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Rescued from Captivity -- Neglect of Medical Care

Monday, Apr 11
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Since March 2021, the Erie Humane Society has rescued 48 puppy mill survivors

The Erie Humane Society is passionate about protecting the welfare of animals and educating the community about the hard work we do to help all pets find loving families and truly live life to the fullest. Pennsylvania is tied as the second worst puppy mill state in our nation according to the HSUS “Horrible Hundred” Puppy Mills. Our shelter took in our very first puppy mill survivor in March of 2021. Since then, we have worked closely with our rescue partners in southeast Pennsylvania, to take in 48 discarded puppy mill dogs and provide them with the physical and emotional rehabilitation they desperately needed to live the lives they never had.

Imagine a sterile, empty cage, a dirty shed or barn, no medical care, isolation, lack of life experiences and human interaction – this is the daily reality for animals living in puppy mills.

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This is how dogs are treated in large-scale commercial dog-breeding operations where profits are prioritized over the health and wellbeing of the dogs. They accomplish this by producing large numbers of puppies as quickly as possible without regard given to the health and well-being of the mother or puppies.

Neglect of Veterinary Care

Various tactics are employed to manipulate the dogs into becoming submissive and fearful. These overbreeding practices are not only cruel and detrimental to the physical and mental well-being of the dogs, but puppy mill farmers also neglect to provide them basic medical care. Their practices do not include genetic screening of the dogs they are breeding, often resulting in puppies with underlying medical conditions that can put the pet in a harmful situation and leave the purchaser with expensive vet bills and the decision of whether they are prepared to provide the lifelong care their new pet needs to survive.

For some pets, if the Erie Humane Society can intervene early enough and diagnose their condition, we work with our veterinarians to create detailed care plans to address their medical needs, and ensure they live a quality life. Unfortunately for others, their medical conditions are too progressed and there is nothing more that can be done. In these instances, the Erie Humane Society places them in hospice care to live out the remainder of their lives in a home filled with love and warmth.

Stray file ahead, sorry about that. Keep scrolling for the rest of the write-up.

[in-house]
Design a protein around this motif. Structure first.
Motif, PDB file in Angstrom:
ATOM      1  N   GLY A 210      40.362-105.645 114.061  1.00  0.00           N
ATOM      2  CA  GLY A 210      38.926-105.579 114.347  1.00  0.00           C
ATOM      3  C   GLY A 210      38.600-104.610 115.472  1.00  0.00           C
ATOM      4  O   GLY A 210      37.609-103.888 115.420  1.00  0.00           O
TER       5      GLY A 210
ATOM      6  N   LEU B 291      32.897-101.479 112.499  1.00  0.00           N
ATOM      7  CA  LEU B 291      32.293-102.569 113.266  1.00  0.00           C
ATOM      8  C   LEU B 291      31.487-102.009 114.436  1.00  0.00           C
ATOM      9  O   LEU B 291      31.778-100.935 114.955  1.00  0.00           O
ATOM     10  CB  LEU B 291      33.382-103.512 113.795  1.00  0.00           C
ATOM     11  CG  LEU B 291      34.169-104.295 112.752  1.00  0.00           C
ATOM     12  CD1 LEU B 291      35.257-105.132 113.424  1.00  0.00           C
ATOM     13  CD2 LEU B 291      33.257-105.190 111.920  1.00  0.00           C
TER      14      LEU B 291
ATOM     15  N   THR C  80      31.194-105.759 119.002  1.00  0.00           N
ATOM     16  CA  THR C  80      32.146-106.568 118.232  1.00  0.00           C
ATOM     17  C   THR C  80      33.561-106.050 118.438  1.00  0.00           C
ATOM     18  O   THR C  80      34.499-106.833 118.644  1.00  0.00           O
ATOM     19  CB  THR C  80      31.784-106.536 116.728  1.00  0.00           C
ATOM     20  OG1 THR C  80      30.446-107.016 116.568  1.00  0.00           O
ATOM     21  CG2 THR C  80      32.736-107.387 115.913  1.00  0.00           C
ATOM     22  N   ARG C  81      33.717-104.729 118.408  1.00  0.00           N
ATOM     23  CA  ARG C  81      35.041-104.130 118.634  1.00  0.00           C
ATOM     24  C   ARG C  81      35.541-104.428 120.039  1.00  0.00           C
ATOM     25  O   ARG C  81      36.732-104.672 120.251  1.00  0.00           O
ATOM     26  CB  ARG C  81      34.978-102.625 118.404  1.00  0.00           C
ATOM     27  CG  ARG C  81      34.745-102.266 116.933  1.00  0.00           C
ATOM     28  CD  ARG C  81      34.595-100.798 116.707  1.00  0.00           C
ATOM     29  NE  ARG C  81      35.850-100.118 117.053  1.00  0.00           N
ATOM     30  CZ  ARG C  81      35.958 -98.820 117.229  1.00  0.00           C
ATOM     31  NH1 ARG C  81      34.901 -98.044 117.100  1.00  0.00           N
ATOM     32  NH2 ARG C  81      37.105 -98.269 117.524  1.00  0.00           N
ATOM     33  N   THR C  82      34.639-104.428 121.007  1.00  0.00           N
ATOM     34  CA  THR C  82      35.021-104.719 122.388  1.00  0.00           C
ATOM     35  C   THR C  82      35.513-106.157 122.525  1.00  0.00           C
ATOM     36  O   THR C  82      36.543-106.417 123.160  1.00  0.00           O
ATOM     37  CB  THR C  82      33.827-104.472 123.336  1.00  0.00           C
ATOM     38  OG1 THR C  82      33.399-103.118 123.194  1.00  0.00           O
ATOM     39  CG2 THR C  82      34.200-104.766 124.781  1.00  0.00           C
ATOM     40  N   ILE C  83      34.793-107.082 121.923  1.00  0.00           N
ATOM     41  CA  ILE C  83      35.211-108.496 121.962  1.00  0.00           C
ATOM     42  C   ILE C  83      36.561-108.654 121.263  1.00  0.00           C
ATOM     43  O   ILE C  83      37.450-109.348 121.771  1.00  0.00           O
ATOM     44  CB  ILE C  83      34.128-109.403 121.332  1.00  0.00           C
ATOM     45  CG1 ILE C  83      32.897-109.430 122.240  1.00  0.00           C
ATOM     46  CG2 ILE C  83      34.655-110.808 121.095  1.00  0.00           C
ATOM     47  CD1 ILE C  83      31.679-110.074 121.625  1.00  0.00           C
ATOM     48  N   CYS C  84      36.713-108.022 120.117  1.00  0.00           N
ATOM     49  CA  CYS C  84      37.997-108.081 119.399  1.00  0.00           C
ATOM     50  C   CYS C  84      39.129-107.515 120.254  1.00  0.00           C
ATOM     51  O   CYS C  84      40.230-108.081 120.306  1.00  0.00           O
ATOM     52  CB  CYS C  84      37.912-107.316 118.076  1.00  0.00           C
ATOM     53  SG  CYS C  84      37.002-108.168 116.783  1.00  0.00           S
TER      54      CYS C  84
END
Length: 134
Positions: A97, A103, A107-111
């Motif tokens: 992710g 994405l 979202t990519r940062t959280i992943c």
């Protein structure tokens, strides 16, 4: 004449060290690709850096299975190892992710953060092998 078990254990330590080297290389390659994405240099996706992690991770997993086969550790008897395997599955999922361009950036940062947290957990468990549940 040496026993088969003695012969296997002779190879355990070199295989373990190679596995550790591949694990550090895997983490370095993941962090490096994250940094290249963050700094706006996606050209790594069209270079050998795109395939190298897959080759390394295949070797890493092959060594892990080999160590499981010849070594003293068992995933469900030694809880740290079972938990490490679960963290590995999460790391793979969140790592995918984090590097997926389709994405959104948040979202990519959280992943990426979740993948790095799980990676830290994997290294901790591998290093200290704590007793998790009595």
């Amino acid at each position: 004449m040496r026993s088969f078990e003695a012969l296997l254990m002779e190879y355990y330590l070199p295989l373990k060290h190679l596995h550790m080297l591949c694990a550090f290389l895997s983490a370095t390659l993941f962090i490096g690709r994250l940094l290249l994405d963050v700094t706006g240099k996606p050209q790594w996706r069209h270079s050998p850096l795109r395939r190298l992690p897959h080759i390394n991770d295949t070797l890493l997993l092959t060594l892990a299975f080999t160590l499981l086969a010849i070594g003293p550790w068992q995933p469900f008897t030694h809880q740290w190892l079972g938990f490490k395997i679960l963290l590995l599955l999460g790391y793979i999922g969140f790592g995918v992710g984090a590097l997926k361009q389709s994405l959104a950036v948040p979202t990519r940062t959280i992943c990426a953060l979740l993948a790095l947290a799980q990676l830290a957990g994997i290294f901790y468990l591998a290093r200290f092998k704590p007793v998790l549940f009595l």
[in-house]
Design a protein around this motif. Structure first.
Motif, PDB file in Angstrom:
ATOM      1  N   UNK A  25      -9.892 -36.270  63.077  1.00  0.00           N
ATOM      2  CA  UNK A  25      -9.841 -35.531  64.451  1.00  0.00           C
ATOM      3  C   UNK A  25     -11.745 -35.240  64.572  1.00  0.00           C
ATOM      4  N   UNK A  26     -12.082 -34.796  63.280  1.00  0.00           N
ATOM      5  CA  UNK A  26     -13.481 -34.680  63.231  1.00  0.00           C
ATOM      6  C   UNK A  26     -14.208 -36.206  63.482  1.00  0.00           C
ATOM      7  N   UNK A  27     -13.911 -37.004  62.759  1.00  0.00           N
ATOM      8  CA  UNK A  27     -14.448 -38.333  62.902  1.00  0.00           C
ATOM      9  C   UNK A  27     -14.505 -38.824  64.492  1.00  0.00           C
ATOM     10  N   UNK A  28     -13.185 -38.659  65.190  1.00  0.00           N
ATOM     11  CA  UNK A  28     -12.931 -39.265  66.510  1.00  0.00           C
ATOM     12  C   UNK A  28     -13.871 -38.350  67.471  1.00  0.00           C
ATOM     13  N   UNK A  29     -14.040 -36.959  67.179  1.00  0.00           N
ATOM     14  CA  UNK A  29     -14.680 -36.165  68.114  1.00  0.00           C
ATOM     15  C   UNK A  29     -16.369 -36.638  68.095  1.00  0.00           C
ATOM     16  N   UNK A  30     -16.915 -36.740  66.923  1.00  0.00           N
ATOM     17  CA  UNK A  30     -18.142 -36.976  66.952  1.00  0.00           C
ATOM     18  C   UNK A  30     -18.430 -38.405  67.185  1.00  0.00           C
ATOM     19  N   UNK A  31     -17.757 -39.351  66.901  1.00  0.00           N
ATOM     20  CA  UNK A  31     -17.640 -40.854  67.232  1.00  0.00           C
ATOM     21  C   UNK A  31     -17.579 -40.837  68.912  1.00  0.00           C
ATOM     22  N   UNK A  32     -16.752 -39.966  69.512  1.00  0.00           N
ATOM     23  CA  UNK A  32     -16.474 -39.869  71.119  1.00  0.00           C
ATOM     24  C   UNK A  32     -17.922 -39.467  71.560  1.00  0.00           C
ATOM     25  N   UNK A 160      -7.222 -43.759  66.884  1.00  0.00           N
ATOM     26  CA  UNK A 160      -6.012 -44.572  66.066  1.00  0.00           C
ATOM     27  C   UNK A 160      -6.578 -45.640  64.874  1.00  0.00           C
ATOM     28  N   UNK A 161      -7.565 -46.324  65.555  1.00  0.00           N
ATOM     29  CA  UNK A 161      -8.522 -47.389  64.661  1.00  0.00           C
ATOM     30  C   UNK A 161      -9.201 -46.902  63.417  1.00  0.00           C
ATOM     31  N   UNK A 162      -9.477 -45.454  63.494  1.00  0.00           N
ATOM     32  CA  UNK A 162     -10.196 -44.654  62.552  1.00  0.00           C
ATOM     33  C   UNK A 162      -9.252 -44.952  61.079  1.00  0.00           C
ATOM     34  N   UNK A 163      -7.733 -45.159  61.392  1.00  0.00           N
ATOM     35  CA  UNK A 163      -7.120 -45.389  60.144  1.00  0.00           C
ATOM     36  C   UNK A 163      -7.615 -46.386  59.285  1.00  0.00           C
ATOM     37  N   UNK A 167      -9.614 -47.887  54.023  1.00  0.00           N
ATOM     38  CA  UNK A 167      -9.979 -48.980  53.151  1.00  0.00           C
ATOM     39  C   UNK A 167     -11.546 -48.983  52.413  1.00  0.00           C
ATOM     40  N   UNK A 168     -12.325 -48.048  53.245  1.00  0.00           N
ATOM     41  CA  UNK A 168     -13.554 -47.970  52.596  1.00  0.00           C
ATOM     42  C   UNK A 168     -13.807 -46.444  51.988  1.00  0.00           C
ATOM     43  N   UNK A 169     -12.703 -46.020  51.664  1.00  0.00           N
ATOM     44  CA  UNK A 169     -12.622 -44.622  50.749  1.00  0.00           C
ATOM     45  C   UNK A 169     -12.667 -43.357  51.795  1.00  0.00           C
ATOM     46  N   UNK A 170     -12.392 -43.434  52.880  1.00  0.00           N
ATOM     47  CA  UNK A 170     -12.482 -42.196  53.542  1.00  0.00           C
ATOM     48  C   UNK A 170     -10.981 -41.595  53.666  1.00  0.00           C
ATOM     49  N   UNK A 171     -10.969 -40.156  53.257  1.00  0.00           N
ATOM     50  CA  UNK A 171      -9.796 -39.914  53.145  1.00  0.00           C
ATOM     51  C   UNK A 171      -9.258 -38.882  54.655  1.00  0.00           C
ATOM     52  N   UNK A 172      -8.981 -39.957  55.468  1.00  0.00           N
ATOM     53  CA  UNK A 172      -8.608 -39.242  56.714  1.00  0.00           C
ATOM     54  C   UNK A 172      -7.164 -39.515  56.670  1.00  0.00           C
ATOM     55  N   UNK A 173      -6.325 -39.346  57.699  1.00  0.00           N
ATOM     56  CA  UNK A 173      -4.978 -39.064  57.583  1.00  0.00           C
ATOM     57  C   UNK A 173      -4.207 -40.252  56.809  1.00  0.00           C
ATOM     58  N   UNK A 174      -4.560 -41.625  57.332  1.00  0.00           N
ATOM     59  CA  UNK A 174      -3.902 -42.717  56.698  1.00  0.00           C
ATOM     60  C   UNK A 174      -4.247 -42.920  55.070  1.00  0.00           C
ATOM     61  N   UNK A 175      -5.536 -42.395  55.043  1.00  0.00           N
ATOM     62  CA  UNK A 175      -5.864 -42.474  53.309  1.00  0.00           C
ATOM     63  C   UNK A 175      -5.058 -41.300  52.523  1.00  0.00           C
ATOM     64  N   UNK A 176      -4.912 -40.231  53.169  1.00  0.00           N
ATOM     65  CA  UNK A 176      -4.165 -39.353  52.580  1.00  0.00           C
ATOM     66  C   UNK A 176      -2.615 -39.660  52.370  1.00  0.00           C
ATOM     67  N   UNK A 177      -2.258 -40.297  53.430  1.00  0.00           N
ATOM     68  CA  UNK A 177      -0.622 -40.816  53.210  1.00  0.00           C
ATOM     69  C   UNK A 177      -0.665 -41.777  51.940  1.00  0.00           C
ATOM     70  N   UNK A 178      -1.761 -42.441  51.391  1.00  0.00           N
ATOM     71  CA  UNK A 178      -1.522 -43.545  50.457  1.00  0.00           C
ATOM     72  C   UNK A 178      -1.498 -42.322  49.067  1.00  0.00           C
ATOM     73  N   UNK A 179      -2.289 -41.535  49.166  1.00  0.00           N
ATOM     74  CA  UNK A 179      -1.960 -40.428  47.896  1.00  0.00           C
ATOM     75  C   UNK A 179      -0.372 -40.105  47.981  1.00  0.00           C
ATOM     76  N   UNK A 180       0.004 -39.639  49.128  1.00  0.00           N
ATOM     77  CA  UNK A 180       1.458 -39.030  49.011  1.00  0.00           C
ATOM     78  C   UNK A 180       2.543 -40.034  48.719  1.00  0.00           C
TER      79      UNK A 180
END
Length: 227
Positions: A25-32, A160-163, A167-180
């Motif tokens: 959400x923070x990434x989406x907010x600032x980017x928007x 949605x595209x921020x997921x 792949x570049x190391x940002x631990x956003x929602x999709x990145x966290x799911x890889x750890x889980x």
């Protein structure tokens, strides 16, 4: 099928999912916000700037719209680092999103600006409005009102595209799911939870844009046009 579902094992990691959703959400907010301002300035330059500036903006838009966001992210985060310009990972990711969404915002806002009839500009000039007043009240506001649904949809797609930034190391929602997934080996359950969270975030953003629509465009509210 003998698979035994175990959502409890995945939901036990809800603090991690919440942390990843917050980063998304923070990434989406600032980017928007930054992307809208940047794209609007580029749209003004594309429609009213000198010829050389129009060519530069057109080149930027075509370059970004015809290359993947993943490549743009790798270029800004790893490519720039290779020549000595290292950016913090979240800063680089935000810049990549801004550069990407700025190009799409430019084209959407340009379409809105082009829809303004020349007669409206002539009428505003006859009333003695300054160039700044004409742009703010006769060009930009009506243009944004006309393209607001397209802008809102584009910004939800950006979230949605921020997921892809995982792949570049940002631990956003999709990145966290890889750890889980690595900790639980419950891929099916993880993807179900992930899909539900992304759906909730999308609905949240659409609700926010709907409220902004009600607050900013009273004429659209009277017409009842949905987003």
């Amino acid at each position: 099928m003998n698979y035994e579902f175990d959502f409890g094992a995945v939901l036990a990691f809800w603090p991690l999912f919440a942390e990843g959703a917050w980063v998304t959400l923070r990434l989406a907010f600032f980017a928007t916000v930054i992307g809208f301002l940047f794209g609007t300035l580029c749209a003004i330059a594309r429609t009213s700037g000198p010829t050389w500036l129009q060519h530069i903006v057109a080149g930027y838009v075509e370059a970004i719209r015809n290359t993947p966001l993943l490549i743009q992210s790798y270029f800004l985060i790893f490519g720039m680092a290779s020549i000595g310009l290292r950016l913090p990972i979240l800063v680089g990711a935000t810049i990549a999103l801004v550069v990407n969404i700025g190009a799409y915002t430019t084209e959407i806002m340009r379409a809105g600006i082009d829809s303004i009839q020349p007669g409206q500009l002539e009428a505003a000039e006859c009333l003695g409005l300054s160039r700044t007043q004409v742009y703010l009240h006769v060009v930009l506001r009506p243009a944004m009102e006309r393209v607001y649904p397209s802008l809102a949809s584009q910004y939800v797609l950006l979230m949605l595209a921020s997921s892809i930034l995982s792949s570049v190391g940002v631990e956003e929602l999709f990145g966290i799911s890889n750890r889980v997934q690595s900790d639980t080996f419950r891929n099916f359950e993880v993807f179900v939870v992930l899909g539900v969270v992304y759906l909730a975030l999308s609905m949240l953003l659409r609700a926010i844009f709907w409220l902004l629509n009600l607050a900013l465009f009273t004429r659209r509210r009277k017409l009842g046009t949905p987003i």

In this article, we introduce you to the journeys of three dogs whose lives have been affected by the inhumane breeding processes that are happening in Pennsylvania puppy mills. Meet Jack, Courtney, and Elle.

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These dogs all have extenuating medical circumstances due to improper breeding habits. The failure to recognize the importance of providing diagnostics and medical care should be deemed unlawful, as these pets are denied the opportunity to live a full life.


Jack’s innocent little life almost ended before it even had a chance to begin. Jack was living in an unheated shed when he was removed from his mother and litter mates at 4 months old. Unlike his litter mates, Jack was not going to be sold. Rather, he was going to be discarded as he was born with medical defects and was thought to be blind—ultimately, deeming him “unprofitable” by the puppy mill. Jack often displays a blank stare and appears mentally dull. Birth defects such as these are the result of poor over-breeding that often happens in puppy mills. The Erie Humane Society stepped in to assist in Jack's rescue and provide him the medical care necessary for him to have a full life.

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Upon arriving to the Erie Humane Society and after receiving lots of snuggles, a tiny, malnourished Jack began to perk up. We began to witness changes in Jack’s behavior throughout the course of that first day. Being showered with endless amounts of love allowed Jack to feel secure and when he began to feel more comfortable, we suspected that Jack was not blind.

While he would become alert, Jack would often slip into a lifeless state. After consulting with our veterinarian, it was determined that Jack likely has liver shunt, a condition in which his body does not purge toxins from his system.

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As we awaited results from his bloodwork, Jack entered foster care with our Executive Director so his condition could be closely monitored. Our director began preparing fresh meals for him, allowing his body to absorb essential nutrients and easily process his food. Within days, we noticed a huge shift in Jack’s overall behavior and responsiveness. His labs did show signs of possible liver shunt, and we were referred to a specialist for consultation. Our director was advised to continue what she was doing with Jack’s nutrition because it was working.